How to fix Social Security

Robert Reich


Kai Ryssdal: The odds of avoiding a government shutdown look a little better today than they did yesterday. Speaker John Boehner says the House will pass a two-week funding bill, provided it contains some spending cuts.

Therein lies the rub. What will get cut to help control the deficit and what won't.

Commentator Robert Reich says one program gets an undeserved share of the blame for the deficit. And anyway, there's an easy fix.

Robert Reich: Social Security is not at all responsible for the federal deficit. Just the opposite. Until last year, Social Security took in more payroll taxes than it paid out in benefits. It invested the surpluses in Treasury bills -- in effect, lending them to the rest of the government.

But now Social Security has started to pay out more than it takes in. So to keep it going, it collects only what the rest of the government is obligated to pay it. This will keep it fully solvent for the next 26 years.

But why should there even be a problem 26 years from now? Back in 1983, Alan Greenspan's Social Security commission was supposed to have fixed the system far beyond then by gradually increasing payroll taxes and raising the retirement age.

The answer is Greenspan's commission failed to predict how much income would become concentrated at the top. Remember, the Social Security payroll tax applies only to earnings up to a certain ceiling that rises with inflation. That ceiling is now $106,800.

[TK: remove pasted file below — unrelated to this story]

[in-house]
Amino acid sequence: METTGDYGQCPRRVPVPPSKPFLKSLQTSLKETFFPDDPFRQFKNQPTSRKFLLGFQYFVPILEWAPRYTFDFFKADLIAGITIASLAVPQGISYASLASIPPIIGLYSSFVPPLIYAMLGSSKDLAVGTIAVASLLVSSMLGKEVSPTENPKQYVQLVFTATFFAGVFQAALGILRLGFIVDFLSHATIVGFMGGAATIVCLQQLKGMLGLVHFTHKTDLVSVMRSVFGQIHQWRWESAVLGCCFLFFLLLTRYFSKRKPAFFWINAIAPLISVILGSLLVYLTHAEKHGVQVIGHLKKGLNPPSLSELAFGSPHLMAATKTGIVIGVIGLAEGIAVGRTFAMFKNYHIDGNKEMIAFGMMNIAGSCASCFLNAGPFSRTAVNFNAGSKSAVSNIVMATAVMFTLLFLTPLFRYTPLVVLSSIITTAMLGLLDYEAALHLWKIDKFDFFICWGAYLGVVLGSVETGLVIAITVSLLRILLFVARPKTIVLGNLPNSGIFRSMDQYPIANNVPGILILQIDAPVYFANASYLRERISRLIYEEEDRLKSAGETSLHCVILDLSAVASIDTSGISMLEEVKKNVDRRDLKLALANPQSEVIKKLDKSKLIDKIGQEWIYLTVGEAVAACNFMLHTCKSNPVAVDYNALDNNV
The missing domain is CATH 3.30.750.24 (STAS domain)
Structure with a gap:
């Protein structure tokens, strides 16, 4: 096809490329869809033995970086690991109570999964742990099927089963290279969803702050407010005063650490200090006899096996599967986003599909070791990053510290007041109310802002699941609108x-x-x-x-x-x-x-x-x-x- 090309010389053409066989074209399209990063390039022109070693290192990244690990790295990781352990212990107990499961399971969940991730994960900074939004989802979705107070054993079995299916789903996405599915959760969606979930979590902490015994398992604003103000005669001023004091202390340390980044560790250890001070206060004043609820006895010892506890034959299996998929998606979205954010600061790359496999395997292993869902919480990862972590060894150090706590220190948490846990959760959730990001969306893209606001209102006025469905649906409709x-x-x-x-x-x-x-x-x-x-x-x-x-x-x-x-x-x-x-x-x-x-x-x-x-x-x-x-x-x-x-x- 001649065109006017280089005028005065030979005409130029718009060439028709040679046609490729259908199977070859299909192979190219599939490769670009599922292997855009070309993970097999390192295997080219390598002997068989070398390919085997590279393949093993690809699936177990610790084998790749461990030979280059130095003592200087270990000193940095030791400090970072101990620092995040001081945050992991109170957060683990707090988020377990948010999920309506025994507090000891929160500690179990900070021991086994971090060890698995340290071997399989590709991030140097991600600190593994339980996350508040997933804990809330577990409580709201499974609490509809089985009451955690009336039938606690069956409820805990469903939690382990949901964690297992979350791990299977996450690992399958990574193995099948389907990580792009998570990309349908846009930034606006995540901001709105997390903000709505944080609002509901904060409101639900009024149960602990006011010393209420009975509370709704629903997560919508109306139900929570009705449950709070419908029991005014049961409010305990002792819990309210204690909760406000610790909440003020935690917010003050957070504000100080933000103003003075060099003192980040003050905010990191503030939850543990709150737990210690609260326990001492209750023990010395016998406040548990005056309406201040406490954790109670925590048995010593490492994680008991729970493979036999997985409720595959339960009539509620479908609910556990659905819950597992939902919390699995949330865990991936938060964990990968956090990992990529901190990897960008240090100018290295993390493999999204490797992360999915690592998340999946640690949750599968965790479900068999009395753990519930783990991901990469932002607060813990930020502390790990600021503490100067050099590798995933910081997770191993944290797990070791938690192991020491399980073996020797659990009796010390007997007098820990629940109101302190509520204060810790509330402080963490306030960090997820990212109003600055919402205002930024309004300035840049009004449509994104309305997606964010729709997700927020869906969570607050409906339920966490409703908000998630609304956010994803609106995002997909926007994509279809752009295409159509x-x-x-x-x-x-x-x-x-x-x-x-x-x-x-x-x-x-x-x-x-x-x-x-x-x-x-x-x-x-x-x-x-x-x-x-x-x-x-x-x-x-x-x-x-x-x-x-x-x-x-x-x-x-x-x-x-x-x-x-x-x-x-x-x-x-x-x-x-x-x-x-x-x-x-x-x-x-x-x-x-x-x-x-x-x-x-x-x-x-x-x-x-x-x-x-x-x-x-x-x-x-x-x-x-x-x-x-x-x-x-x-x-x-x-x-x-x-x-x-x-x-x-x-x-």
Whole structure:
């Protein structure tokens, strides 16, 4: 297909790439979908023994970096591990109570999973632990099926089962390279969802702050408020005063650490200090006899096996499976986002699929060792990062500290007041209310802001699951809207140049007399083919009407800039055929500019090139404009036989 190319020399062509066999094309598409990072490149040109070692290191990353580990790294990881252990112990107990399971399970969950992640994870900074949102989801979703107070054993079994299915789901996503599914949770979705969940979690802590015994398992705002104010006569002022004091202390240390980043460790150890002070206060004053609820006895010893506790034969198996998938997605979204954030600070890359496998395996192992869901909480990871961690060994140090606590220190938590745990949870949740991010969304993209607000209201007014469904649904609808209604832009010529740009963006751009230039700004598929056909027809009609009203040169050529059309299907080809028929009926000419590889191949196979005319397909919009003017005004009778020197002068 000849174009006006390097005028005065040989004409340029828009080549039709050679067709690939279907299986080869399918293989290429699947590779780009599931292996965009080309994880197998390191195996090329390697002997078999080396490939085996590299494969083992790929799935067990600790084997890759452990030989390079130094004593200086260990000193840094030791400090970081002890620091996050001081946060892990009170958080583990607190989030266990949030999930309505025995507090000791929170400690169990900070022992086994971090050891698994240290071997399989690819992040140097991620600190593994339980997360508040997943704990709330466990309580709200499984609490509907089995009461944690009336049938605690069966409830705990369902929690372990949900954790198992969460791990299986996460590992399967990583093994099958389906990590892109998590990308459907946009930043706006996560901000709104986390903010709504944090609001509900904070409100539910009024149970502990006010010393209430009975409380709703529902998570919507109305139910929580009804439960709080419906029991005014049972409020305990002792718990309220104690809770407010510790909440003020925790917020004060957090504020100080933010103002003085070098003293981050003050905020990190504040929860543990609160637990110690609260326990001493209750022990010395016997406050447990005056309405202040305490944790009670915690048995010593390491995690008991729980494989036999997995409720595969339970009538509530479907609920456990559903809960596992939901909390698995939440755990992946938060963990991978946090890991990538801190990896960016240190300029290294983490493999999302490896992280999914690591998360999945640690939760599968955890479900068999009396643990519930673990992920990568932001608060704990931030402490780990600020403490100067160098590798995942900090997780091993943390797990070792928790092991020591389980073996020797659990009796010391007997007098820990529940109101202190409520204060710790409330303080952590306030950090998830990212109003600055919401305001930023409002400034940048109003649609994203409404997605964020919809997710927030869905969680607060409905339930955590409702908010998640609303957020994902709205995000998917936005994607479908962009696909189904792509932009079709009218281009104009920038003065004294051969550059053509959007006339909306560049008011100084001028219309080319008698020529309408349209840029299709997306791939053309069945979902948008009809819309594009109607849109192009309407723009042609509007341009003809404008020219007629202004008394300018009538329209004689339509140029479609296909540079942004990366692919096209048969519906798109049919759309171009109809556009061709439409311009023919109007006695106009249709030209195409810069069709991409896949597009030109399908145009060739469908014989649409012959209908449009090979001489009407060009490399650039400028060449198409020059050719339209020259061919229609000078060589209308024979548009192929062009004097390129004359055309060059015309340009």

Back in 1983, the ceiling was set so the Social Security payroll tax would hit 90 percent of total income covered by Social Security. Today, though, the Social Security payroll tax hits only about 84 percent of total income.

It went from 90 percent to 84 percent because income inequality has widened. Now a much larger portion of total income goes to the top -- almost twice the share they got back then.

If we want to return to 90 percent, the ceiling on income subject to the Social Security tax would need to be raised to $180,000. Do that and Social Security's long-term problem is solved.

So there's no reason even to consider reducing Social Security benefits or raising the age of eligibility. The logical response is simply to raise the ceiling.

Not incidentally, several months ago the White House considered proposing that the ceiling be lifted to $180,000. Somehow, though, that proposal didn't make it into the president's budget.

Ryssdal: Robert Reich was Secretary of Labor for President Clinton. His most recent book is called "Aftershock: The Next Economy and America's Future." David Frum is in our commenting future; he's back next week. Send us your comments.